Earlier this month, the British shale gas company, Cuadrilla Resources Ltd., made an unlikely admission: It concluded the fracking it was doing in the Bowland Shale formation in Lancashire probably caused several slight earthquakes that occurred last spring.
The company stated in press release that it was likely the fracking triggered "a number of minor seismic events." The company is now taking preventive measures, including the use of an early detection system to monitor quakes.
Although most energy companies tend to downplay so-called "shalequakes," the reality is hard to argue. (See Quaking Over the Search for Energy.) As Austin Holland, a seismologist at the Oklahoma Geological Survey, explained, "By definition, when fracking occurs so do 'microseismic' events, or really, really small earthquakes."
Microseismic events are too slight to feel. Even "minor" earthquakes, such as Caudrilla's, which measured 2.3 on the Richter scale, or a cluster that occurred in Oklahoma earlier this year, which only ranged as high as 2.8, are felt by relatively few.
The more significant question is whether hydraulic fracturing can trigger larger earthquakes -- ones that measure 3 or greater, and have potential to create minor to severe property damage.
Three seismologists interviewed for this post all said yes. But they also noted that the odds of such an event happening is rare, and further noted that the risk can be mitigated.
"Almost all of the earthquakes that are associated with fracking are very small," Dr. Peggy Hellweg of the University of California Berkeley's Seismological Laboratory told IU. The greatest risk is from a potential large earthquake triggered by an unknown fault.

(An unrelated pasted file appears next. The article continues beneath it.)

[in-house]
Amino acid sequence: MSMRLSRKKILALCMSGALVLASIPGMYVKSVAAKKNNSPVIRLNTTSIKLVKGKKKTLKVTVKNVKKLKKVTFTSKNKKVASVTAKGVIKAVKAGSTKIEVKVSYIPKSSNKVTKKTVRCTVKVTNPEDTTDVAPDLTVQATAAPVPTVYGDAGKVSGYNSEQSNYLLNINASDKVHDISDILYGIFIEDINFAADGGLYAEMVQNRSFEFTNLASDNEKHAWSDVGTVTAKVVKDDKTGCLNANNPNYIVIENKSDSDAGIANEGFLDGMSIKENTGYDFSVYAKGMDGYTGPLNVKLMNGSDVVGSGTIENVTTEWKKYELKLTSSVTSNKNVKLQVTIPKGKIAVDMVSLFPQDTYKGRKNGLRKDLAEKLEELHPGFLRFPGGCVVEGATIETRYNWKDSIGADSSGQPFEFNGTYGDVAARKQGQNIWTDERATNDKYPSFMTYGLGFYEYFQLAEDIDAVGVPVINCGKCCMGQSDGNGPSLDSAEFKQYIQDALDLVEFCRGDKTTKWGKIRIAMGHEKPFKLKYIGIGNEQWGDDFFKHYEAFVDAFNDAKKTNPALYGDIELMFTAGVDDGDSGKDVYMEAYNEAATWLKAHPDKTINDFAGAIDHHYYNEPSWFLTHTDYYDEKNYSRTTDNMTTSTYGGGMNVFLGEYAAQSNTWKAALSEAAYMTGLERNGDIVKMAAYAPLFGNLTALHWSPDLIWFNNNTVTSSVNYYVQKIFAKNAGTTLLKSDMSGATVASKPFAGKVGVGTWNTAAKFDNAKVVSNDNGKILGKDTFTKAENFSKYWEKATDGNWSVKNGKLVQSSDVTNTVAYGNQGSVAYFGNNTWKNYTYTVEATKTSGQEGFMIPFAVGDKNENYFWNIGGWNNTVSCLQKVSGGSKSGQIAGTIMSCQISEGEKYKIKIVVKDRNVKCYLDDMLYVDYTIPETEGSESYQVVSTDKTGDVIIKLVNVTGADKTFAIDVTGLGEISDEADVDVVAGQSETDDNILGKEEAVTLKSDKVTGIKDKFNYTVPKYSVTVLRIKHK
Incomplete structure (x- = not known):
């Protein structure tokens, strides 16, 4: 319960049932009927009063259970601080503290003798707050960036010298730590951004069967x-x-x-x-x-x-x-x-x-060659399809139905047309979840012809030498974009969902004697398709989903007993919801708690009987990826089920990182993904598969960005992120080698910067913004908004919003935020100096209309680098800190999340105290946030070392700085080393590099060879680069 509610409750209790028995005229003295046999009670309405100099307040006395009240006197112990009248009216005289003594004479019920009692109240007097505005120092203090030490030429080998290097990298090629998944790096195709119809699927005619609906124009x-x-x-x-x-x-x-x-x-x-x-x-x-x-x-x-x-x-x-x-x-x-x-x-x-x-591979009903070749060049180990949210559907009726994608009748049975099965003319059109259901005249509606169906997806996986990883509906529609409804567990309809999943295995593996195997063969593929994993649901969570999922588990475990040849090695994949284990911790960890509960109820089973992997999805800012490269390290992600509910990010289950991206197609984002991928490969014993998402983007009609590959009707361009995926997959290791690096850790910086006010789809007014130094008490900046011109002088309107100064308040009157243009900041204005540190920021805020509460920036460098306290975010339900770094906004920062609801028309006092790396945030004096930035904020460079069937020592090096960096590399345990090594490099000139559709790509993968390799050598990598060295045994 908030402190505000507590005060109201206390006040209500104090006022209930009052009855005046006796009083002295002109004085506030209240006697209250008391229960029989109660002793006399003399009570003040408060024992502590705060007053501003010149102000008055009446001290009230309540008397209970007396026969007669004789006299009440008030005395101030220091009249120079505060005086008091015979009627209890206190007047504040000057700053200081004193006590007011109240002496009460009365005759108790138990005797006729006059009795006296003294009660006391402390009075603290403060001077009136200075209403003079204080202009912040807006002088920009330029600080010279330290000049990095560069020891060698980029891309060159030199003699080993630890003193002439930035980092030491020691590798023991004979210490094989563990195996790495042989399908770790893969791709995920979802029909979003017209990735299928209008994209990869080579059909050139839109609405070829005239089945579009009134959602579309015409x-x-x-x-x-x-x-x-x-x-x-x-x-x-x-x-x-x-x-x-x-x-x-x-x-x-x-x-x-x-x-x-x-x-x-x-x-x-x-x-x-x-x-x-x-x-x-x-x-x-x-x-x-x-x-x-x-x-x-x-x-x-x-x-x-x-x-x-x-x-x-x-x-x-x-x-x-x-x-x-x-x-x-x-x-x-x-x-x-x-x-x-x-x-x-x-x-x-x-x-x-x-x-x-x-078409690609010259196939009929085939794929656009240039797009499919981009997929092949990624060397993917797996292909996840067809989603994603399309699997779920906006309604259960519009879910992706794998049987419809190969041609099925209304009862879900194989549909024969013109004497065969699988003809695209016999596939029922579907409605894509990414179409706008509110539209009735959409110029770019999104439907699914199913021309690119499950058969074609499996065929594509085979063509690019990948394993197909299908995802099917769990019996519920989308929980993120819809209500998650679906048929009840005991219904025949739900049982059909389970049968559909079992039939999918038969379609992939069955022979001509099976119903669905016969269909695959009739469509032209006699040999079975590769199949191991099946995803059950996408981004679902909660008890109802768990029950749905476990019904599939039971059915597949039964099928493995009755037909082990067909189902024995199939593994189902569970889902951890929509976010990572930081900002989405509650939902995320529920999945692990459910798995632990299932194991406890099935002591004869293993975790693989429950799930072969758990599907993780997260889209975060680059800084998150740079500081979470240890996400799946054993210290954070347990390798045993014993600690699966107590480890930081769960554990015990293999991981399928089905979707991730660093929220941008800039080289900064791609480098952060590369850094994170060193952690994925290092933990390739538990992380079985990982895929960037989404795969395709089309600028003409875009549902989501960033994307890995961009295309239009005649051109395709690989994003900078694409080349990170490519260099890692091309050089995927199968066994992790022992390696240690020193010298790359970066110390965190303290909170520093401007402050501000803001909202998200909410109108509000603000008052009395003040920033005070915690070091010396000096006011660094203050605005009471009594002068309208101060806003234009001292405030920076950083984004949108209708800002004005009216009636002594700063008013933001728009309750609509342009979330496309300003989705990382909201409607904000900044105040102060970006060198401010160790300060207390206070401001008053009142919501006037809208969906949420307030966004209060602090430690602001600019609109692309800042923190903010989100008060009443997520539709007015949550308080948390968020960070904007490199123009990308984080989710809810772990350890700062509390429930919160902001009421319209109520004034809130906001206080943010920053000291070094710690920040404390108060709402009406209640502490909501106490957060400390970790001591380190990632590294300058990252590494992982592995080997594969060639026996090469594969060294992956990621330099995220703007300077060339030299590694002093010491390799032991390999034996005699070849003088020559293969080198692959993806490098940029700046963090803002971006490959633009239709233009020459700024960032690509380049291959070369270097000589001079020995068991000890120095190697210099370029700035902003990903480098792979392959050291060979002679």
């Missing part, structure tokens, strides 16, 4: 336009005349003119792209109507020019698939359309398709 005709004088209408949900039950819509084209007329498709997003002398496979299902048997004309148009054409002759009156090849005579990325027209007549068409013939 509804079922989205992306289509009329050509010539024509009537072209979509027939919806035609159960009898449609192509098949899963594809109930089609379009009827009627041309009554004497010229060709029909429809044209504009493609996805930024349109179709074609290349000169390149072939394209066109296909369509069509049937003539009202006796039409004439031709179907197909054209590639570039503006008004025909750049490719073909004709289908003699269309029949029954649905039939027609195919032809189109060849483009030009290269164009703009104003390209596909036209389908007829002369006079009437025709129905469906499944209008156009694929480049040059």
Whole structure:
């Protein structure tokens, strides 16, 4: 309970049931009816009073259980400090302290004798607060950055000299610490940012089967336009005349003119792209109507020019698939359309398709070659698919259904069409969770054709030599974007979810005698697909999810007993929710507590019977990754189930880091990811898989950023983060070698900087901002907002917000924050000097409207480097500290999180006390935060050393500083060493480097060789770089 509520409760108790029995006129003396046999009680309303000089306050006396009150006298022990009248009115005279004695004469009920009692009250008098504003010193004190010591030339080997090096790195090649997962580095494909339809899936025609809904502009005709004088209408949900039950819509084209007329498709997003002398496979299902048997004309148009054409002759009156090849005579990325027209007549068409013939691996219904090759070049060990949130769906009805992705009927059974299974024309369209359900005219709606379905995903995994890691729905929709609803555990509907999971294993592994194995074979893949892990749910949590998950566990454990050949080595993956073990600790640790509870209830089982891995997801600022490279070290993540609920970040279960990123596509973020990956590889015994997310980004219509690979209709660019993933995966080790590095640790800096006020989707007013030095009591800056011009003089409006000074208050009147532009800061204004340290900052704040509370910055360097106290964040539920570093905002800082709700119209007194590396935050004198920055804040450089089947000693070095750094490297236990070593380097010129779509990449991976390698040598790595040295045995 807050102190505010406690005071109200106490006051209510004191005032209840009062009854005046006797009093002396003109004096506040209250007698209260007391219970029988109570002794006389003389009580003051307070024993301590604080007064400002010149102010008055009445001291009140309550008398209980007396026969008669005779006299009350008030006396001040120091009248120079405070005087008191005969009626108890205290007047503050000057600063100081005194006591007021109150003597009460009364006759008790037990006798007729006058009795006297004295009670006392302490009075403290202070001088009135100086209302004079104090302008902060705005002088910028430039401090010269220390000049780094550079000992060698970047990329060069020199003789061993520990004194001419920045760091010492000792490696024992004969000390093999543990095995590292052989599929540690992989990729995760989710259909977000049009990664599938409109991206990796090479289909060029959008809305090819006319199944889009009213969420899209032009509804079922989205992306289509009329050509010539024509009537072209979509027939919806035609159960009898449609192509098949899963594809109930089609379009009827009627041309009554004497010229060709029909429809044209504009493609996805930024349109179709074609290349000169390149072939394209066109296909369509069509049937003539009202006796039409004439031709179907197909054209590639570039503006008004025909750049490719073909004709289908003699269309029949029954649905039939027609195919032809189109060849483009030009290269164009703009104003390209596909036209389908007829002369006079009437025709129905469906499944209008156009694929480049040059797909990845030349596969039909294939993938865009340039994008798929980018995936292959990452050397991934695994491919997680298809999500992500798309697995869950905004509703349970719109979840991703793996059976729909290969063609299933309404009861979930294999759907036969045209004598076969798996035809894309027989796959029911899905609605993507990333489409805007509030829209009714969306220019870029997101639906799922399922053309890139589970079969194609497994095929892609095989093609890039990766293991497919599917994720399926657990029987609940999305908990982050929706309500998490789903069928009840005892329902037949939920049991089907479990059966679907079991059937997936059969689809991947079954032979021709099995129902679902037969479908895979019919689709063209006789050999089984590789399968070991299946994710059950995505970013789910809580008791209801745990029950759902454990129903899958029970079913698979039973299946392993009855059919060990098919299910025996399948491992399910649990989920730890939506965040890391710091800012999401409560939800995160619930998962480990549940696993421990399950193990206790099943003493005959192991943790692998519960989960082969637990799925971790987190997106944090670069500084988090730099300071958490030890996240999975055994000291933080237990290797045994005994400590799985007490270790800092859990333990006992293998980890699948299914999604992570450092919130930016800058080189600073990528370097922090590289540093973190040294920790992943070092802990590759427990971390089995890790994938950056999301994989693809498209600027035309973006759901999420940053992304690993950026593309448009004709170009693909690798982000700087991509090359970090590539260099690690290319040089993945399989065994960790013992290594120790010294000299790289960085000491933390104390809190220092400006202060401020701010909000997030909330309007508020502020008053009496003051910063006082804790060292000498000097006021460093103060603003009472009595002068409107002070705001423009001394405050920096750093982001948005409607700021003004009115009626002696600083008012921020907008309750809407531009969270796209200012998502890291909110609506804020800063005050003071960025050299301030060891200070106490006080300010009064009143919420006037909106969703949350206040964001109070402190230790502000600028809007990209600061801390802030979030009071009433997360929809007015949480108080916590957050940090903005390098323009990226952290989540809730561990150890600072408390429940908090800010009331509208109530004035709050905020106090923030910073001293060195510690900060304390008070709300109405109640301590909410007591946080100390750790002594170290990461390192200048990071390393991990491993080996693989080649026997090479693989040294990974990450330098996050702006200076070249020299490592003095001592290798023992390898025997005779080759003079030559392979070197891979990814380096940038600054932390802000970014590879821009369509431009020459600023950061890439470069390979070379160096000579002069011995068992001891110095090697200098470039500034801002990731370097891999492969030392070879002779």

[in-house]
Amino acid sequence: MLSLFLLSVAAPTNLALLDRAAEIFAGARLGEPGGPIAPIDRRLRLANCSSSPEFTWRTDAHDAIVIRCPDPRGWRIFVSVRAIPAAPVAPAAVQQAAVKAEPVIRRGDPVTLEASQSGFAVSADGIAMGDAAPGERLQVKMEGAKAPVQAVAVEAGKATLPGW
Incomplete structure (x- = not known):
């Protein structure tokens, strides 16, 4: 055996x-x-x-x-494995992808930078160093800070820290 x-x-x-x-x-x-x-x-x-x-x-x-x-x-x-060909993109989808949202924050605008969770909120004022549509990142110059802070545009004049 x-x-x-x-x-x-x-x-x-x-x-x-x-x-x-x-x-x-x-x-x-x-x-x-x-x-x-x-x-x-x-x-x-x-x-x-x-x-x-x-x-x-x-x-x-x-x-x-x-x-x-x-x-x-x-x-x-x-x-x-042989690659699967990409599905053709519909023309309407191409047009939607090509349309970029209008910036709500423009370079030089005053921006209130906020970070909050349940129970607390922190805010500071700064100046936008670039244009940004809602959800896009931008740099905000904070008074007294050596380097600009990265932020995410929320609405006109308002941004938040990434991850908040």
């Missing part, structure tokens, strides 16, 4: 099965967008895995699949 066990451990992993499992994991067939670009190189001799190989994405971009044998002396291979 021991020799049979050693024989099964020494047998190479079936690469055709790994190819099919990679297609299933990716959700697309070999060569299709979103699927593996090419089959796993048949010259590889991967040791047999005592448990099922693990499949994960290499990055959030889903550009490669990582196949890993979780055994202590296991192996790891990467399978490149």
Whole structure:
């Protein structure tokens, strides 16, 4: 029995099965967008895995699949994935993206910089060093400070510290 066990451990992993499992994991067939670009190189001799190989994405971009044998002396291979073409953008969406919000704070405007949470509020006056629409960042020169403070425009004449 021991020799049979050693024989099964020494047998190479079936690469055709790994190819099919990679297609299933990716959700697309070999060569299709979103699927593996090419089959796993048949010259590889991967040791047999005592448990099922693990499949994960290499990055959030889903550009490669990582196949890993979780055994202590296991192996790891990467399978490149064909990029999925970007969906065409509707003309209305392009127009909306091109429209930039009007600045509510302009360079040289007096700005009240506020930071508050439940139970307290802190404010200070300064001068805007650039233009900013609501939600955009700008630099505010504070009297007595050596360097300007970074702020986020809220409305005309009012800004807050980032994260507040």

"Drilling and high pressure applied on a fault could trigger an earthquake if the fault is close to failure," she says. "As far as I know, fracking isn't done on known faults, but there are undiscovered faults. There are millions of undiscovered faults."
There are numerous examples of California earthquakes that happened on unknown faults, including the 1971 San Fernando earthquake, the 1983 Coalinga earthquake, and the 1994 Northridge quake. None of the three, however, was linked to fracking.
But fracking involves the injection of fluid into the ground under high pressure. And generally speaking, pumping fluid into the ground can induce seismicity. Geologists blamed filling a reservoir, for example, for a large 1967 earthquake in India, says John Vidale, director of Pacific Northwest Seismic Network in Seattle. "We think you can trigger an earthquake of any size," he says. "It's just that the biggest ones are very rare."
Vidale says fracking could've triggered the 5.6 quake earlier this month in Oklahoma. It might have been a quake waiting to happen, and pushed to reality by the fluid pumped into the ground.
The energy industry seems to understand the concerns raised by fracking. "Every new well that has to be drilled means the company has to prove itself in front of the public," says Steve Everley, spokesman for D.C.-based Energy in Depth, the information arm of the Independent Petroleum Association of America, a trade group.